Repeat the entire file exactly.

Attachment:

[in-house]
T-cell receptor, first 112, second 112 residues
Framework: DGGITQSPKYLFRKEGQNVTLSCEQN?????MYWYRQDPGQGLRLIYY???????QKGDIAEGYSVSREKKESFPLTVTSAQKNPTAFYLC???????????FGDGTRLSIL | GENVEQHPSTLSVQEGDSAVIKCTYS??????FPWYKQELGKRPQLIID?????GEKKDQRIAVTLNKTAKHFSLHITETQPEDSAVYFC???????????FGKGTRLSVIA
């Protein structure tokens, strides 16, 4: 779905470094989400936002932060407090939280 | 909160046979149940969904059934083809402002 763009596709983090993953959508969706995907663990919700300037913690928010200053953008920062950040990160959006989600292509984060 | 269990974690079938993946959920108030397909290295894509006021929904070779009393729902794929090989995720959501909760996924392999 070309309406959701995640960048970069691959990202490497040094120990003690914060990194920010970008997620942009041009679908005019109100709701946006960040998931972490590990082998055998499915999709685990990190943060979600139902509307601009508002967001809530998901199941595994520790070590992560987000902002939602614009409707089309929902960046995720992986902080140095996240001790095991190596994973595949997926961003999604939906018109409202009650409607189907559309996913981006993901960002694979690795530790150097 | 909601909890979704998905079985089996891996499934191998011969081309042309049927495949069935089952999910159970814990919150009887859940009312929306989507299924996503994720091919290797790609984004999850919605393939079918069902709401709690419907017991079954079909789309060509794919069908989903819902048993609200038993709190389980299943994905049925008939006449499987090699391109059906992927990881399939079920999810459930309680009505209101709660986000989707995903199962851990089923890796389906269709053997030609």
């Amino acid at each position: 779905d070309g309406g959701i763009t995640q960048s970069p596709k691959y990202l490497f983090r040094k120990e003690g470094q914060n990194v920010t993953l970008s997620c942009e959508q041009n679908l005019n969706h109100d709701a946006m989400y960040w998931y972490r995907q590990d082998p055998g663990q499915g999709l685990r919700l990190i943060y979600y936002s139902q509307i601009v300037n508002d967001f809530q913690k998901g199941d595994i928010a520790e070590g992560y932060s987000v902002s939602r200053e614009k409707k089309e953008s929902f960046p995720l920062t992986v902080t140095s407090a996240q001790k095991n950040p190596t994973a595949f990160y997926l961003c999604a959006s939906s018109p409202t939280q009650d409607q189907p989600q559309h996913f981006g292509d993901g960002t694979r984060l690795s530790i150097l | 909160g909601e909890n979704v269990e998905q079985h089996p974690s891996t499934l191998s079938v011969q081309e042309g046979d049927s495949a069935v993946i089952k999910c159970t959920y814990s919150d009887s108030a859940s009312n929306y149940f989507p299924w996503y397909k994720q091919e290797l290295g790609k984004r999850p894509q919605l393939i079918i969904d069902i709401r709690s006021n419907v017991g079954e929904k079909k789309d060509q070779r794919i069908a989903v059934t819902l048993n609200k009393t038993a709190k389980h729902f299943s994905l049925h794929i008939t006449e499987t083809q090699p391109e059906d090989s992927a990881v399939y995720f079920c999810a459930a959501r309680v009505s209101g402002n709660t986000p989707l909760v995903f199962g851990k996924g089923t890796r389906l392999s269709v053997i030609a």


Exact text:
[in-house]
T-cell receptor, first 112, second 112 residues
Framework: DGGITQSPKYLFRKEGQNVTLSCEQN?????MYWYRQDPGQGLRLIYY???????QKGDIAEGYSVSREKKESFPLTVTSAQKNPTAFYLC???????????FGDGTRLSIL | GENVEQHPSTLSVQEGDSAVIKCTYS??????FPWYKQELGKRPQLIID?????GEKKDQRIAVTLNKTAKHFSLHITETQPEDSAVYFC???????????FGKGTRLSVIA
């Protein structure tokens, strides 16, 4: 779905470094989400936002932060407090939280 | 909160046979149940969904059934083809402002 763009596709983090993953959508969706995907663990919700300037913690928010200053953008920062950040990160959006989600292509984060 | 269990974690079938993946959920108030397909290295894509006021929904070779009393729902794929090989995720959501909760996924392999 070309309406959701995640960048970069691959990202490497040094120990003690914060990194920010970008997620942009041009679908005019109100709701946006960040998931972490590990082998055998499915999709685990990190943060979600139902509307601009508002967001809530998901199941595994520790070590992560987000902002939602614009409707089309929902960046995720992986902080140095996240001790095991190596994973595949997926961003999604939906018109409202009650409607189907559309996913981006993901960002694979690795530790150097 | 909601909890979704998905079985089996891996499934191998011969081309042309049927495949069935089952999910159970814990919150009887859940009312929306989507299924996503994720091919290797790609984004999850919605393939079918069902709401709690419907017991079954079909789309060509794919069908989903819902048993609200038993709190389980299943994905049925008939006449499987090699391109059906992927990881399939079920999810459930309680009505209101709660986000989707995903199962851990089923890796389906269709053997030609």
């Amino acid at each position: 779905d070309g309406g959701i763009t995640q960048s970069p596709k691959y990202l490497f983090r040094k120990e003690g470094q914060n990194v920010t993953l970008s997620c942009e959508q041009n679908l005019n969706h109100d709701a946006m989400y960040w998931y972490r995907q590990d082998p055998g663990q499915g999709l685990r919700l990190i943060y979600y936002s139902q509307i601009v300037n508002d967001f809530q913690k998901g199941d595994i928010a520790e070590g992560y932060s987000v902002s939602r200053e614009k409707k089309e953008s929902f960046p995720l920062t992986v902080t140095s407090a996240q001790k095991n950040p190596t994973a595949f990160y997926l961003c999604a959006s939906s018109p409202t939280q009650d409607q189907p989600q559309h996913f981006g292509d993901g960002t694979r984060l690795s530790i150097l | 909160g909601e909890n979704v269990e998905q079985h089996p974690s891996t499934l191998s079938v011969q081309e042309g046979d049927s495949a069935v993946i089952k999910c159970t959920y814990s919150d009887s108030a859940s009312n929306y149940f989507p299924w996503y397909k994720q091919e290797l290295g790609k984004r999850p894509q919605l393939i079918i969904d069902i709401r709690s006021n419907v017991g079954e929904k079909k789309d060509q070779r794919i069908a989903v059934t819902l048993n609200k009393t038993a709190k389980h729902f299943s994905l049925h794929i008939t006449e499987t083809q090699p391109e059906d090989s992927a990881v399939y995720f079920c999810a459930a959501r309680v009505s209101g402002n709660t986000p989707l909760v995903f199962g851990k996924g089923t890796r389906l392999s269709v053997i030609a």